This Saturday will mark three years since returning to Bikram yoga. Reflective anniversary posts may not be the most thrilling, but I think pausing to "take stock" and observe the unfolding of the years is worth doing, so long as it doesn't descend into rumination ;-) What narrative are we in now? How has this story come to be? In what was do we hope it will evolve?

First, what hasn't happened in three years. I still have high blood pressure, which kinda sucks. I'm also tempted to be frustrated by what appears to be stagnation in the postures and in my stamina. In today's class, I lay on my mat, exhausted, dehydrated, as I sat out the second set of the final four postures. Y'know, come to think of it, I skip postures often. I even leave the room occasionally. If you'd asked me during the first year of practice where I hoped I'd be by year three, I might have said something like, "I'd like to pretty much always do the entire class, no sitting out poses, and never leave the room."

It's easy to focus on what hasn't happened. But predicting what benefits we'll receive out of any discipline is probably not the best place to put our energy. As Pema Chodron says in the recent issue of Shambala Sun, "to look for progress is a setup--a guarantee that we won't measure up to some arbitrary goal we've established."

Pema's words ring true to me. At the same time, I recognize that goals are what drive many people into any discipline. We feel a need to get fitter, to calm down, or to feel more energized, so we join a gym/cleanse/diet/juice/meditate/pray/etc. Some of us have serious health issues that we hope will improve with a disciplined practice. The downside of clinging to this list, though, is that we can get frustrated when we don't check those goals off the list. More importantly, we can fail to notice other, equally important changes simply because they fail to fit our chosen narrative.

Dart Board
In some ways, I guess I've been lucky all around here. I actually have met some of my self-prescribed "goals." These are some of the "measurable outcomes" (oh God, did I actually just write that?): A minor thyroid issue no longer afflicts me. I can enjoy a glass or two of wine without getting a migraine. As a matter of fact, I no longer live in fear of getting a migraine--they've reduced in frequency so dramatically that I'm surprised when I get one. As the end of the semester nears and the piles of grading mount, I no longer get the throbbing tension in my upper back and shoulders, and I can concentrate more deeply and for longer periods of time. I still have difficulty sleeping, but when I lie awake at night the dread that used to fill my body and mind is now nothing more a quiet whir in the background. I appreciate my strength, flexibility, and a pretty forgiving metabolism.

More impressive but less quantifiable are the emotional and mental benefits of yoga. When I started, I had moderate social anxiety and would not go out more than once or twice a week--doing so was so taxing I needed a day to recover, to build the stamina for another go-around. Having people in my home left me fraught with anxiety. There is something in this practice, though, that encourages you, bit by bit, to be OK with who we really are, and now I find social engagements energizing instead of enervating. As I write this post, a man is readying his things to move in, something I would not have thought possible even two years ago. I look forward to this move, to both the joys and challenges it will bring us.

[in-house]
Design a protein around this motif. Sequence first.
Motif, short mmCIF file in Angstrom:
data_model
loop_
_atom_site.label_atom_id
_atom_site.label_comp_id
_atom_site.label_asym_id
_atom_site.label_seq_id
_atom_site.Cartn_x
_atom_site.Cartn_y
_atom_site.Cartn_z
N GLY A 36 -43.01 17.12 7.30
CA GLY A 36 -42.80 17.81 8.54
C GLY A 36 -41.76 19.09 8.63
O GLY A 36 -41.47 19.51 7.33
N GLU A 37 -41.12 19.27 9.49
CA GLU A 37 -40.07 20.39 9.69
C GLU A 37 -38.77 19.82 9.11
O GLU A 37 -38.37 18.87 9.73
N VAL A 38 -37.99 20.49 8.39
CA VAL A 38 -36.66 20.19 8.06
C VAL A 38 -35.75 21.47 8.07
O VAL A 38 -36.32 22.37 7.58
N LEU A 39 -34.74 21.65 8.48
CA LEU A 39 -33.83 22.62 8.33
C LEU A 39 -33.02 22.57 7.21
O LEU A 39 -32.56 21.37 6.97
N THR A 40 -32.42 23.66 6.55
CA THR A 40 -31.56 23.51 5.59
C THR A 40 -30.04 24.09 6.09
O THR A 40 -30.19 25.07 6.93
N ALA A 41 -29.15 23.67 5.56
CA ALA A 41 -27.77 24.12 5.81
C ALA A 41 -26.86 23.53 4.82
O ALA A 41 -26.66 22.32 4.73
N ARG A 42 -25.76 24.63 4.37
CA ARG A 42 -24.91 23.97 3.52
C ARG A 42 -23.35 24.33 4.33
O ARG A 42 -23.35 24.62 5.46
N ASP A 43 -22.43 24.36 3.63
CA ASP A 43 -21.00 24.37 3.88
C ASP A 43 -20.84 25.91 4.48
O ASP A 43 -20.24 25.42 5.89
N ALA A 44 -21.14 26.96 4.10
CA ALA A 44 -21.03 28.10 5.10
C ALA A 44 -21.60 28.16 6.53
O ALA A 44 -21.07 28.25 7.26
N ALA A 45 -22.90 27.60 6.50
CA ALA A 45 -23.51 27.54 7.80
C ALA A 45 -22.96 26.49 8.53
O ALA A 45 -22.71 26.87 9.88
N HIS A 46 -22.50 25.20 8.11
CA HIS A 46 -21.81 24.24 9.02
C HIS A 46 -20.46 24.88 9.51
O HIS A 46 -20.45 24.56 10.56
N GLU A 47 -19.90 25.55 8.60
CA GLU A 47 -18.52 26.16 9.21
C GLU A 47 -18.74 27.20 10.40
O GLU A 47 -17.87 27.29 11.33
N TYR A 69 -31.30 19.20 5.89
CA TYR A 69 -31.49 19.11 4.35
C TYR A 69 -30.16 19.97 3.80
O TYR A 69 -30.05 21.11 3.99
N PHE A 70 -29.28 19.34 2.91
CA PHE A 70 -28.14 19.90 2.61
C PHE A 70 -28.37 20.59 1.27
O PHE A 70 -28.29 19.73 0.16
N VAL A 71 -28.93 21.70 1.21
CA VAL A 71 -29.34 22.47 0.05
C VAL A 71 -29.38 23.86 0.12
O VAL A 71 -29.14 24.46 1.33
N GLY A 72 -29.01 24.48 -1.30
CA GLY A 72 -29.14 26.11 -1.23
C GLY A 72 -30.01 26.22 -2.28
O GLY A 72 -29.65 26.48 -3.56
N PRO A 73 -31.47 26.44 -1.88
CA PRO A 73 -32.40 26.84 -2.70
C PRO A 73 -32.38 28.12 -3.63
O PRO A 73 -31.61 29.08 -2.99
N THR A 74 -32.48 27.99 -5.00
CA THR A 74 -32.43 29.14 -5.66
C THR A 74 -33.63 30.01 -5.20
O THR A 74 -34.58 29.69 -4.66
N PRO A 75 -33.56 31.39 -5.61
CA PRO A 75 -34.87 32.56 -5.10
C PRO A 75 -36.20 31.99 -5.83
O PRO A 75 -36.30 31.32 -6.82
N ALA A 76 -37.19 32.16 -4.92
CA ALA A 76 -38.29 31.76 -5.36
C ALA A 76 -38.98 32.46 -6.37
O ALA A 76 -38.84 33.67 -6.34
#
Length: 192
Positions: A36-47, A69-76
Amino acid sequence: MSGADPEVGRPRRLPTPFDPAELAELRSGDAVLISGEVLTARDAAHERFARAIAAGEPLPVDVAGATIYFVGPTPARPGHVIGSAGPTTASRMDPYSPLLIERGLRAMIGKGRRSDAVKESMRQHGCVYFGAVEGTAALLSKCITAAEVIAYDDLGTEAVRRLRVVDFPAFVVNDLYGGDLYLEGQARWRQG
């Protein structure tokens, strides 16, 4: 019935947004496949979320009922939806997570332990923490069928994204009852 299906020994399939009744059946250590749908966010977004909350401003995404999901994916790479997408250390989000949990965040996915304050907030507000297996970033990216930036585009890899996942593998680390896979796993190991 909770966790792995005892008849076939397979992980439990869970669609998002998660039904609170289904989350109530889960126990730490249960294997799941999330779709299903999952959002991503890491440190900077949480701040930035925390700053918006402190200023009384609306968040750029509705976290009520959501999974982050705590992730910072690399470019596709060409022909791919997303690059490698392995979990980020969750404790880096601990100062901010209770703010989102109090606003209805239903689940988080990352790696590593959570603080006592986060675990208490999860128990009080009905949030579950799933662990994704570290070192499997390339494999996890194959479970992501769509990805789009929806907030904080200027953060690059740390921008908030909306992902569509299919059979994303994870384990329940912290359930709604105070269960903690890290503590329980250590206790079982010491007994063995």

These are the changes I really didn't anticipate. I could almost say that there's been a personality shift in the last seven months or so. This is what can occur when we "allow it to happen," as my yoga teacher often says. Goals are fine if you need 'em to get you in the door, but what ultimately happens can be so much more. "We practice letting go of our idea of a 'goal' and letting go of our concept of 'progress,'" writes Chodron, "because right there, in that process of letting go, is where our hearts open and soften--over and over again."

I understand that as we age we evolve (hopefully). I can't contribute all changes on this list solely to Bikram yoga. But it does deserve a big chunk of the credit. There is something about a regular, mindful practice that encourages expansiveness in one's mind. Increased awareness of the body's and the mind's doings urges us to shift our perception and to make wiser, more compassionate decisions--from the mundane to the life-altering. Talk about breaking out of one's narrative!

Sunday, April 29, 2012

The Payoff

I want to talk about payoffs.

Every month, I put $100 into a retirement account. The hope is that 35+ years from now I will withdraw those monthly donations, and that with interest I'll have accumulated a nice little nest egg. (Do you hear the sound of me blithely ignoring the stock market as it drips steadily downward? Ignorance is bliss.)

There are other types of payoffs too, of course, and perhaps they offer far more than monetary value. Several times a week, many of us drag ourselves to the hot room, believing that our efforts will bring us rewards in the form of a healthier body, a saner mind, and a purer spirit. Effort takes the form of therapy, prayer, and meditation, typically done with a sort of "goal" in mind: we endure what is often a "grim duty" in the hopes that we'll achieve a sense of peace.